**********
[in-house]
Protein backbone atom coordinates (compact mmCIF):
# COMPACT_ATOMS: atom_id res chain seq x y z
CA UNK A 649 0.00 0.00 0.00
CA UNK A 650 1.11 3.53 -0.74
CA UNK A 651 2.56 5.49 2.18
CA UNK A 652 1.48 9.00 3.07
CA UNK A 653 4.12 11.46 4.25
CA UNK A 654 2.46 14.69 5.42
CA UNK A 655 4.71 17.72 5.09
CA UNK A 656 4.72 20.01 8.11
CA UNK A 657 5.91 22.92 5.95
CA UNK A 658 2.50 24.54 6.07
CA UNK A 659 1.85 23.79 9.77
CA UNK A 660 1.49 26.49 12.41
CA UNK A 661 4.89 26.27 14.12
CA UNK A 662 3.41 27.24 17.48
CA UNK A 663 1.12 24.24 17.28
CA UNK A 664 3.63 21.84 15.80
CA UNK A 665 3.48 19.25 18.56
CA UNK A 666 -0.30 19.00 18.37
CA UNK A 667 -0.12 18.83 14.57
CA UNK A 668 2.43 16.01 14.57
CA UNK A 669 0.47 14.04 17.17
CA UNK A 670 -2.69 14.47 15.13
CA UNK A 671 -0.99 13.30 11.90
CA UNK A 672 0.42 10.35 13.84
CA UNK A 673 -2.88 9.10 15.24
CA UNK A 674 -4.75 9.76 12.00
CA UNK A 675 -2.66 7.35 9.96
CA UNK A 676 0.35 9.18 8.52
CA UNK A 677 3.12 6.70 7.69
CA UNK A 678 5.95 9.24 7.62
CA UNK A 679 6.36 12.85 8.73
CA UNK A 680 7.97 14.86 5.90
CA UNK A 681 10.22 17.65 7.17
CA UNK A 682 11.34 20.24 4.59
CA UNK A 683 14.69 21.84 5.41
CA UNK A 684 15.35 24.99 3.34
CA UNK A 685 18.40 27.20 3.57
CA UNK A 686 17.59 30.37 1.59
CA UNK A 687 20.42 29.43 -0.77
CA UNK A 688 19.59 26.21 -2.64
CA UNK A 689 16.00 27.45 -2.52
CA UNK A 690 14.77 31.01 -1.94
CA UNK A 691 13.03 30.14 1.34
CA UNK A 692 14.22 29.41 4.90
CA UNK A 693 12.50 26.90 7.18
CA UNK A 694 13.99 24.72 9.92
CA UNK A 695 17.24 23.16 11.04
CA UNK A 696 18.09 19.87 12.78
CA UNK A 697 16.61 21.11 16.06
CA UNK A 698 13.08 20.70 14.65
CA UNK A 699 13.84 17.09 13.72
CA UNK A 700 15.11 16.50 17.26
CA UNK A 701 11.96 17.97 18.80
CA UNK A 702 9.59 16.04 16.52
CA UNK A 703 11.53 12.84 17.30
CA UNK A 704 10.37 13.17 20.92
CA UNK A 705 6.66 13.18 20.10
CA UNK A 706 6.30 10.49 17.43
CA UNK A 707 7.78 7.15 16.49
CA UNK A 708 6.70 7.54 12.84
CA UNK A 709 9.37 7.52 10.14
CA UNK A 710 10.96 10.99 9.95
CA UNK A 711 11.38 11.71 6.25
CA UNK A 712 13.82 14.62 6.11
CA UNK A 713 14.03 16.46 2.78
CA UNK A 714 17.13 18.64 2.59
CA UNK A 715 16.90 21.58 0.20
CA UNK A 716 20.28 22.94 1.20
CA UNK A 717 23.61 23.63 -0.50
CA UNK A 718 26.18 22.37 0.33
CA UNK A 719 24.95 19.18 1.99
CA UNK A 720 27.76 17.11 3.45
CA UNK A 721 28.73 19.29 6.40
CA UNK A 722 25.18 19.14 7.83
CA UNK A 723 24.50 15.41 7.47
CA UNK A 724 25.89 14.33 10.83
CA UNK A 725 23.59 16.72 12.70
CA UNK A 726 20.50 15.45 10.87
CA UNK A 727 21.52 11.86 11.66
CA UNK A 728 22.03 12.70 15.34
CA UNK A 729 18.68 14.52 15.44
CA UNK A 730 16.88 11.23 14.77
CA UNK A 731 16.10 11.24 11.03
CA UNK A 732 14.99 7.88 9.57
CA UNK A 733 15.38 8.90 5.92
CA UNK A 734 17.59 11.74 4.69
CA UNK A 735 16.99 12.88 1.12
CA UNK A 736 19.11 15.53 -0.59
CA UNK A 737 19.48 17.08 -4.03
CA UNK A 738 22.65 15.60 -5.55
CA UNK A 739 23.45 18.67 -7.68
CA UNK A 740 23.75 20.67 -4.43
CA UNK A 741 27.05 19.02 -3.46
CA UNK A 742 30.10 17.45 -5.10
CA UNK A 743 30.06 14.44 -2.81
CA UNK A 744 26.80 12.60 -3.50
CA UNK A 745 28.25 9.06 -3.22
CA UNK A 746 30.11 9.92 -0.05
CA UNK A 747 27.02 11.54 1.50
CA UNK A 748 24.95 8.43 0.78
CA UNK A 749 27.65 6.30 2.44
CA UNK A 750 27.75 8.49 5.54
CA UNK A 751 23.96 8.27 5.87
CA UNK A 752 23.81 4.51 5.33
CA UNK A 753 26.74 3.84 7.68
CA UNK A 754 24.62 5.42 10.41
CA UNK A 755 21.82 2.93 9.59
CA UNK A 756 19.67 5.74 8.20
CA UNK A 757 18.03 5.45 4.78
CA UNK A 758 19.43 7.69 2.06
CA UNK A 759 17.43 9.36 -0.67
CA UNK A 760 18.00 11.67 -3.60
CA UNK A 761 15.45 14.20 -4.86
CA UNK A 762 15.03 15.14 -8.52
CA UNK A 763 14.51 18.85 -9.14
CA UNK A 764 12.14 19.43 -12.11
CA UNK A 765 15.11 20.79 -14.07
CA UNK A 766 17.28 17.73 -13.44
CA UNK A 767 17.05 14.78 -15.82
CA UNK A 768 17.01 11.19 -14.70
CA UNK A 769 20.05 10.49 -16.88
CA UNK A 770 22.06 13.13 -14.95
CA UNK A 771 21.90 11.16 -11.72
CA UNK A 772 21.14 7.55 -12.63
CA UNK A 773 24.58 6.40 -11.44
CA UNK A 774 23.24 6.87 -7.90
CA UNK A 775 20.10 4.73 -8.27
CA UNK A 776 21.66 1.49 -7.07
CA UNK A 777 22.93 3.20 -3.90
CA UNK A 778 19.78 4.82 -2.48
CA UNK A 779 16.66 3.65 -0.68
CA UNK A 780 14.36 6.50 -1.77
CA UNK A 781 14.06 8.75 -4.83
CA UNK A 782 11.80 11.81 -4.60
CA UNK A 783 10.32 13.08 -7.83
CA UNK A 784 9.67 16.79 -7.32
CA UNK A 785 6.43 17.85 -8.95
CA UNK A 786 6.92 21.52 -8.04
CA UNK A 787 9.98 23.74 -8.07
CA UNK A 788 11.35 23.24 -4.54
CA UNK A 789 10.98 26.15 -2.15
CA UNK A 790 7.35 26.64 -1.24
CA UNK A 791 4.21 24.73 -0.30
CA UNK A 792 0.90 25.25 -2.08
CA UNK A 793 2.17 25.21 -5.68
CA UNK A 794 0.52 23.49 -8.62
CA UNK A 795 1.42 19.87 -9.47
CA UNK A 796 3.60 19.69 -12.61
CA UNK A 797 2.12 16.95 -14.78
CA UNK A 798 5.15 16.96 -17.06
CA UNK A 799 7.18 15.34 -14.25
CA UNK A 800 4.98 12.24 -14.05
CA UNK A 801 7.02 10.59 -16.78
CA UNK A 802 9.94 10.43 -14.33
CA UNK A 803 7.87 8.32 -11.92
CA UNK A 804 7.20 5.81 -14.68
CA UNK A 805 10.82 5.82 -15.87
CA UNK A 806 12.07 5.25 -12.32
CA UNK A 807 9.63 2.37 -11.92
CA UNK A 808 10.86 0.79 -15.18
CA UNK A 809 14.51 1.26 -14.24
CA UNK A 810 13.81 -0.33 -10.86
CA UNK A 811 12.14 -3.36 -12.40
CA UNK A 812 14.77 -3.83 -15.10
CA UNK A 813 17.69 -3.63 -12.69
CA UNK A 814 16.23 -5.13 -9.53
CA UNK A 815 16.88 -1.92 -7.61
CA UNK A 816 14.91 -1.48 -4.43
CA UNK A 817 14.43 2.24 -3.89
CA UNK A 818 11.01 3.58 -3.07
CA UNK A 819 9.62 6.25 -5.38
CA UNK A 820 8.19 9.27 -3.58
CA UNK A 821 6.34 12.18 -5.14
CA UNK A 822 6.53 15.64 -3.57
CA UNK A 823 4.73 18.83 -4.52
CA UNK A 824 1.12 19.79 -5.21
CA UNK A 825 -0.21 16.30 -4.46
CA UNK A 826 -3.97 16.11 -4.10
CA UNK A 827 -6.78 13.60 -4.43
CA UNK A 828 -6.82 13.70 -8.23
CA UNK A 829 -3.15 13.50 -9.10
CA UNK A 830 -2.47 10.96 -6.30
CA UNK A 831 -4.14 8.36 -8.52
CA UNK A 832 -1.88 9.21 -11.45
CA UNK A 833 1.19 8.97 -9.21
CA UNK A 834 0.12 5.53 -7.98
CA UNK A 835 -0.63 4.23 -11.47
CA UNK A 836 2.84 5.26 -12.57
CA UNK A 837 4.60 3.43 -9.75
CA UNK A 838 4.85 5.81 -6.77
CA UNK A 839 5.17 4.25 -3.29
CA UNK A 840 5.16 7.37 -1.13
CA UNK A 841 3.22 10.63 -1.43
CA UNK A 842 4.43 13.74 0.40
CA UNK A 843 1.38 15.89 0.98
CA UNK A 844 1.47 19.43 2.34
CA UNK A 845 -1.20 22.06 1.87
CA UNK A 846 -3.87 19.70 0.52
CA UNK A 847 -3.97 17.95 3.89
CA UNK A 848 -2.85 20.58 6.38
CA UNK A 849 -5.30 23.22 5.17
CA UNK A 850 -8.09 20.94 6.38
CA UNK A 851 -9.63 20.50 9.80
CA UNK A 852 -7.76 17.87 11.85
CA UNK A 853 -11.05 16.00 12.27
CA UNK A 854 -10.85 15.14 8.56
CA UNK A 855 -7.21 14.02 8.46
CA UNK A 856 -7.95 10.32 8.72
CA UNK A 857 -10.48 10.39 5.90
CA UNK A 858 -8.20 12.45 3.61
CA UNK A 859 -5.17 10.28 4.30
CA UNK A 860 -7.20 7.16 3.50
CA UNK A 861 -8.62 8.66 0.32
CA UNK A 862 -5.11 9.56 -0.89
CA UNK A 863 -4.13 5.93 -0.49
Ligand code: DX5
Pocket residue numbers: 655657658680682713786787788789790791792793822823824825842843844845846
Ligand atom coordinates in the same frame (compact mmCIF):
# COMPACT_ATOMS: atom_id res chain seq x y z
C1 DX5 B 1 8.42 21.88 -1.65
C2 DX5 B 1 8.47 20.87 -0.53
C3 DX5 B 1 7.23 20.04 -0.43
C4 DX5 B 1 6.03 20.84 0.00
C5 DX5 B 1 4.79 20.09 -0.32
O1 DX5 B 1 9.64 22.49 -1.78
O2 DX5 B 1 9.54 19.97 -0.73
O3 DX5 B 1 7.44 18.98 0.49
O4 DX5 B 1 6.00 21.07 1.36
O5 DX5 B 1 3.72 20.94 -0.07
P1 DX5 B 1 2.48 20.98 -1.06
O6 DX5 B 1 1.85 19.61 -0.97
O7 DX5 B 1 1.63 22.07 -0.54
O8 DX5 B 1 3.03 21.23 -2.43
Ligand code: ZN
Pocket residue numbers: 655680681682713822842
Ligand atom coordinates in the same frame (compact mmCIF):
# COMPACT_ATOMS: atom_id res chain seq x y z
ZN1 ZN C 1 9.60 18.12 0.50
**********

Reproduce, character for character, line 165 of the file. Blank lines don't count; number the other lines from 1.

CA UNK A 810 13.81 -0.33 -10.86